said. "It's about your dad." He had died of a heart attack
during his Oscar-night party at the club. He threw parties
just to watch me give awards to other people.
For months after that, mirrors made me nervous, something
I never confessed to anyone at the time. The irony of a life
spent looking in mirrors was that sometimes they looked
I blinked, feeling dizzy. "Boss, are you all right?" Judi
asked. "Do you want something to eat? You're staring at the
kiwi and broccoli as if they might bite you."
I took a deep breath, laughed, and fluttered a hand to my
heart. "Why, I don't dare eat before a press
conference. If I gain so much as one ounce the porno
culture will revoke my membership card."
More laughter. I took another breath. I'm just hungry,
that's all, I told myself. It means nothing.
Sometimes, a biscuit is just a biscuit.
A pair of double doors burst open. Six-foot-three inches
of elegant California business mogul strode in, dressed in
My husband, Gerald Barnes Merritt (never just ‘Gerald
Merritt,' that was too plain,) was thirteen years older than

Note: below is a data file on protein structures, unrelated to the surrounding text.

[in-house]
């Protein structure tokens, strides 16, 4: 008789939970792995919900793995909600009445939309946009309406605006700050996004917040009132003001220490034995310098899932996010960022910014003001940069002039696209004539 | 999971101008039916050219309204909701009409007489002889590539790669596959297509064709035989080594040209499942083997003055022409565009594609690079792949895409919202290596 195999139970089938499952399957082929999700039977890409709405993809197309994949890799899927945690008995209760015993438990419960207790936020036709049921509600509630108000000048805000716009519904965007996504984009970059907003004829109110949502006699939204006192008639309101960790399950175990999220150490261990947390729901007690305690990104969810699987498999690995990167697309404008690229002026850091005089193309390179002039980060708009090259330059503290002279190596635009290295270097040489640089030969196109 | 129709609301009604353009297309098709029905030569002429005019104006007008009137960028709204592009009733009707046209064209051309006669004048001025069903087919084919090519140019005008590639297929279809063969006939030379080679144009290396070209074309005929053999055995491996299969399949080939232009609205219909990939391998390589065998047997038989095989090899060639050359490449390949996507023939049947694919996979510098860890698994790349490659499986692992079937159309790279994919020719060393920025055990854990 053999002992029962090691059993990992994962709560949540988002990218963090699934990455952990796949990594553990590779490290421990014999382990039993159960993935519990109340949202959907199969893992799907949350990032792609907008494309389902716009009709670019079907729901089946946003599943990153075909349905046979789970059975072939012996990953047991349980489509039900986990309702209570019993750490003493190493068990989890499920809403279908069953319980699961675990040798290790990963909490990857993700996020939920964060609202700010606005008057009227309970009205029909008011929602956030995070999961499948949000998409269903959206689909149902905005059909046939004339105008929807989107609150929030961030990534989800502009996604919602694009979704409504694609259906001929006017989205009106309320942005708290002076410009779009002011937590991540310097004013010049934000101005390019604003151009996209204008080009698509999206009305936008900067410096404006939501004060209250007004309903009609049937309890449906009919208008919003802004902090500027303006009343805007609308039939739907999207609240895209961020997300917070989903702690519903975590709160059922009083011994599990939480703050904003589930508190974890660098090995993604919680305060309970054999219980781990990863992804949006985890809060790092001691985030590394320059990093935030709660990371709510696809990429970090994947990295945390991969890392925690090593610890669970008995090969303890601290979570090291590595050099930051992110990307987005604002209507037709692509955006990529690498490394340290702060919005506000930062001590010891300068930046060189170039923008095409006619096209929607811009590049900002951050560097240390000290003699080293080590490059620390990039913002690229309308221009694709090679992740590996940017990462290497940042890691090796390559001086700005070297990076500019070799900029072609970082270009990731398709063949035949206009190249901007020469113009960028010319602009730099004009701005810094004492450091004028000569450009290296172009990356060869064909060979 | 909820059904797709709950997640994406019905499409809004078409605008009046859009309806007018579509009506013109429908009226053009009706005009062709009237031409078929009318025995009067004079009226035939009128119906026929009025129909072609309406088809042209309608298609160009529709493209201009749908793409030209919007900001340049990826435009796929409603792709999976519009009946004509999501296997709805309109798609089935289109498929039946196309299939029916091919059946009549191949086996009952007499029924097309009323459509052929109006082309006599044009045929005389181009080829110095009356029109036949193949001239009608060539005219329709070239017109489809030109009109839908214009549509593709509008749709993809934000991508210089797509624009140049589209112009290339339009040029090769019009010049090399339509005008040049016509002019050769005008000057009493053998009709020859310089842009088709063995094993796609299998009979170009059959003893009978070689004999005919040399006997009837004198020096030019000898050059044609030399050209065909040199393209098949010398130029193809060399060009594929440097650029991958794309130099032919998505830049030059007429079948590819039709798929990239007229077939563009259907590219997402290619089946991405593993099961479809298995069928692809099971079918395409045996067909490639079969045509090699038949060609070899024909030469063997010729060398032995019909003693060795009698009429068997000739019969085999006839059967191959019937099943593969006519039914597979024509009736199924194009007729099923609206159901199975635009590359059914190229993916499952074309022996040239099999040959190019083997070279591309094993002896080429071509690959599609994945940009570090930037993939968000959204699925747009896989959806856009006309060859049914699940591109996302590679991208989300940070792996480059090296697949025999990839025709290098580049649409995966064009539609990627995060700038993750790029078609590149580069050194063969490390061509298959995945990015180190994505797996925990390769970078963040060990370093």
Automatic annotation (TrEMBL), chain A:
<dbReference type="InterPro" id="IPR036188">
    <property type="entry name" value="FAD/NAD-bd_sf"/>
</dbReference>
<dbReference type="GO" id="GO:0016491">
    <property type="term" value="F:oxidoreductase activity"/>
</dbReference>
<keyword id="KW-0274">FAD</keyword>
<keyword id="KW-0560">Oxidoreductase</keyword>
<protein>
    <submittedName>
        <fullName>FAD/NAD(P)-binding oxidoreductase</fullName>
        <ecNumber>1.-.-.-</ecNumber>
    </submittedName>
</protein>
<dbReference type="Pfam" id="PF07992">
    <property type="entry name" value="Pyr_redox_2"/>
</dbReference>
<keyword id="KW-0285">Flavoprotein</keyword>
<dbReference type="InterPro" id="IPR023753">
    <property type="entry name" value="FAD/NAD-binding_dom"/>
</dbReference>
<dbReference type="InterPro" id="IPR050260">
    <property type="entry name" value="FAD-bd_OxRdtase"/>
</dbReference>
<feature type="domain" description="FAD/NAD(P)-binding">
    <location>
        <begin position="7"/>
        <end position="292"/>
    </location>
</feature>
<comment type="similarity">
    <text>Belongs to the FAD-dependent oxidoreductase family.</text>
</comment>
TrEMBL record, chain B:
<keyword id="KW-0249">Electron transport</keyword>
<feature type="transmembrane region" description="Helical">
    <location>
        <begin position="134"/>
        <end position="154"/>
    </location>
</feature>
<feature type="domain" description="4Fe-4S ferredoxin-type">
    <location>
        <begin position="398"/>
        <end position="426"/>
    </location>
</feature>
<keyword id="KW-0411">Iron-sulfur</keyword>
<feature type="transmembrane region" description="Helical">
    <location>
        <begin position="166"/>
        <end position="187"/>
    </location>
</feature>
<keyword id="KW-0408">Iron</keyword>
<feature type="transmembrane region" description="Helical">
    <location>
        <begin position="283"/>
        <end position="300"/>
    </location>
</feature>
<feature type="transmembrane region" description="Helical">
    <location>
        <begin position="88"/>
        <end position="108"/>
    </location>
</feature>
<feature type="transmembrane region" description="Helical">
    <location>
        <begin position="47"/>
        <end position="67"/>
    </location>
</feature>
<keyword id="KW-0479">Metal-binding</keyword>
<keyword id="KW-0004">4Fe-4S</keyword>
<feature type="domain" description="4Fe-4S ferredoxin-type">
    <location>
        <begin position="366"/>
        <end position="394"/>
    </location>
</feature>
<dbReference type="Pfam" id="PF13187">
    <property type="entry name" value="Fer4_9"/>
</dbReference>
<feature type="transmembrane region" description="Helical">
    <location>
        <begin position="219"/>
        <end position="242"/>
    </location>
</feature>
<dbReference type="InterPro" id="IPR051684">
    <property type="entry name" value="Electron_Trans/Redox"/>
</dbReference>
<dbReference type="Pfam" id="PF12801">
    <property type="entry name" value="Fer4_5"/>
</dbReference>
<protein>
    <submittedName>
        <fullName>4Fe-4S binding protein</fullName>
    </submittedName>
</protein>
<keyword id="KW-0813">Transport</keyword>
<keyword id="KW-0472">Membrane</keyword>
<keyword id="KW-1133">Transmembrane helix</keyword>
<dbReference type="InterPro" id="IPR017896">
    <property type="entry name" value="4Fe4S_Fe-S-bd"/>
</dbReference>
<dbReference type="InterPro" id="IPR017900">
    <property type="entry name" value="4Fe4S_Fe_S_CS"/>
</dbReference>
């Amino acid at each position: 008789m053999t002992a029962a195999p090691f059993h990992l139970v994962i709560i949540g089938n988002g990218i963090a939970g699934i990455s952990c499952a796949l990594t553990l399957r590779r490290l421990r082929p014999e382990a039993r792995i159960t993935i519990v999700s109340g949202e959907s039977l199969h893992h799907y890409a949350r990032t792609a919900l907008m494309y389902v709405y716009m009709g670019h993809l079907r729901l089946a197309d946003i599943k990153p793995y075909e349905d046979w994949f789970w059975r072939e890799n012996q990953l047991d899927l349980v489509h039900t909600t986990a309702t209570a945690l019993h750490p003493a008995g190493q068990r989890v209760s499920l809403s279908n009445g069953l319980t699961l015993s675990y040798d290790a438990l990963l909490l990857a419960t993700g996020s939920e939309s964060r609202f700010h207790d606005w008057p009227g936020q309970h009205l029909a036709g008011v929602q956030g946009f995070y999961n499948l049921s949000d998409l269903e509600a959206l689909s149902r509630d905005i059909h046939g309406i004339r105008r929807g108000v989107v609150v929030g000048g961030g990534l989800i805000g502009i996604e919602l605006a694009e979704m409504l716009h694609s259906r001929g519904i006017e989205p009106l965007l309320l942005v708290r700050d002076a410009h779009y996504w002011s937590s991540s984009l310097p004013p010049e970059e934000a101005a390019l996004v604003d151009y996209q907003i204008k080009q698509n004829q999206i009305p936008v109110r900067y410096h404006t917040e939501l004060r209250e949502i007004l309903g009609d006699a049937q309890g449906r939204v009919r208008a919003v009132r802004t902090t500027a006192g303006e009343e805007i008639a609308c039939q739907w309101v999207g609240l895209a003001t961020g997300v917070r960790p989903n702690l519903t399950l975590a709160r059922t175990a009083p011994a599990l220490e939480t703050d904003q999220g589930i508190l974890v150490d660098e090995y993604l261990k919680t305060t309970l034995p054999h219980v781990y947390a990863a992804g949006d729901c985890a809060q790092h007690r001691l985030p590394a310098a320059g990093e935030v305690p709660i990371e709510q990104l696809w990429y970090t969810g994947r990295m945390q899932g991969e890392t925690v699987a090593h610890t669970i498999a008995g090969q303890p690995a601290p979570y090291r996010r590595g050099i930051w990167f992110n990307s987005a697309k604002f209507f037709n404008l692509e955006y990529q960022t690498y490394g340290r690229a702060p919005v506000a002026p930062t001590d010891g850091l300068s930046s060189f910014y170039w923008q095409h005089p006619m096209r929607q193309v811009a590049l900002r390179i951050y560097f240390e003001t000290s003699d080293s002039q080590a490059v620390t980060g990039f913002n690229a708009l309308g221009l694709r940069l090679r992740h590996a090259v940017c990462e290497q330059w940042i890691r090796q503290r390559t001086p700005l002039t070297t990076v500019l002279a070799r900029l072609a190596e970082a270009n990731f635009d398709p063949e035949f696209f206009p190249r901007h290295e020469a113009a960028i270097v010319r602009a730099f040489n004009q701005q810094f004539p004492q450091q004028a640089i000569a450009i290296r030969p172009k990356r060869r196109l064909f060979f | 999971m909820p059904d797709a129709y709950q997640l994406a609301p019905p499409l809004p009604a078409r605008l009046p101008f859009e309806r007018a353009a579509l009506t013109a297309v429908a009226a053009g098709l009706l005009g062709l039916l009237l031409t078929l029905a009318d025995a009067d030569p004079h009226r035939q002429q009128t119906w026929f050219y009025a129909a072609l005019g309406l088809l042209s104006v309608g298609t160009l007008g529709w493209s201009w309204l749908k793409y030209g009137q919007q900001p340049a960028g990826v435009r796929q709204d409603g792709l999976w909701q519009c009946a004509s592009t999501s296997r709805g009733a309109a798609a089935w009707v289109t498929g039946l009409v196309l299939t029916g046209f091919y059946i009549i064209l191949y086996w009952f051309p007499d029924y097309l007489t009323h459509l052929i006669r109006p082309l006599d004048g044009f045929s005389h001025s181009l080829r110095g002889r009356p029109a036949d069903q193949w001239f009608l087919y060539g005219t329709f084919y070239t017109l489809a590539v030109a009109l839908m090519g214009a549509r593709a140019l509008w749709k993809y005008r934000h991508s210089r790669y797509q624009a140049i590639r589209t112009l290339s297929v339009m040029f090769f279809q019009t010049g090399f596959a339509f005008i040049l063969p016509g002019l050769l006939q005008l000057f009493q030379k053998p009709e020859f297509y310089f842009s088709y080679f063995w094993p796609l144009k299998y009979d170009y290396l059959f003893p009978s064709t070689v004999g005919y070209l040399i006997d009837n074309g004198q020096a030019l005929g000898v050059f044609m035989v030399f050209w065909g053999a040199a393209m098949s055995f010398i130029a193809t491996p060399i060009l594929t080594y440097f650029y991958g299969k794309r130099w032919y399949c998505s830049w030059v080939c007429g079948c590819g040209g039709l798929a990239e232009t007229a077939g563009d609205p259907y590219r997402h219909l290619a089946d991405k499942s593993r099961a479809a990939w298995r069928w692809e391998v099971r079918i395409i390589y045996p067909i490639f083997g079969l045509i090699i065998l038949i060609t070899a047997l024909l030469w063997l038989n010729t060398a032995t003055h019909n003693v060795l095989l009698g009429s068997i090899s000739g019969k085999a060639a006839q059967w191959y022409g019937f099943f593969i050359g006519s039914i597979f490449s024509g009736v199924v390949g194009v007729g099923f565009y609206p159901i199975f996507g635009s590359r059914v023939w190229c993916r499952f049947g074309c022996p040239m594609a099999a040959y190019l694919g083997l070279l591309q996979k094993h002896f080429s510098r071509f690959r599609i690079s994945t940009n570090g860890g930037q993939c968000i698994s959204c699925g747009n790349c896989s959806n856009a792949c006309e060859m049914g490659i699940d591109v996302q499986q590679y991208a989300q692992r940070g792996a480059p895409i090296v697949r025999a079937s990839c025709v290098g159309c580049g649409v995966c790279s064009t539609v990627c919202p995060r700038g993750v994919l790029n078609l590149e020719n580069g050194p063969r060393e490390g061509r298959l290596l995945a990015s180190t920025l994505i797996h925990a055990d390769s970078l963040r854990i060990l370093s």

me, rugged, brilliant, rich, and yes, wildly sexy in his own
right. We'd been married for less than a year. He had two
ex-wives, three grown children, and several successful
empires in real estate, computer technology, marketing, and
now, me. Thanks to him, I would head my own cosmetics
empire. Flawless, by Cathyrn Deen. Actually, Gerald
ran everything. He was the CEO. But hey, I was the face.
"Ready to announce your new business venture to the
press, my gorgeous girl?" Gerald boomed, scattering my
entourage like a rottweiller in a rabbit pen.
I preened in the mirror and avoided looking toward the
mystical food platter again. A vision of biscuits.
Right. Just my imagination. "Oh, I don't know. Can you see
anything about me that needs a little more
He slid his arms around me from behind, angling his head
to look at me in the mirror, but careful not to muss mounds
of hair and the unblemished masterpiece of my Flawless face.
I felt the ridge of his penis lightly teasing me.
"You couldn't be more beautiful. I am married," he said
softly, "to the girl every man wants."
Another strange little shiver went through me. Beauty
is fleeting, but biscuits are forever. I smiled and
shook off the silly thought.
I was the most beautiful woman in the world. Surely, I
always would be.
That Same Afternoon
Crossroads, North Carolina
Grief steals all the beauty in the world, then gives it
back one piece at a time until you see more hope than sorrow
in your life, if you're lucky. So far, I'd only reclaimed a
shred here, a fragment there, hanging onto those small bits
with my fingernails. My desperate cache of beauty could all
be found in one place: a small cove high in the remote
mountains of western North Carolina, where an old paved road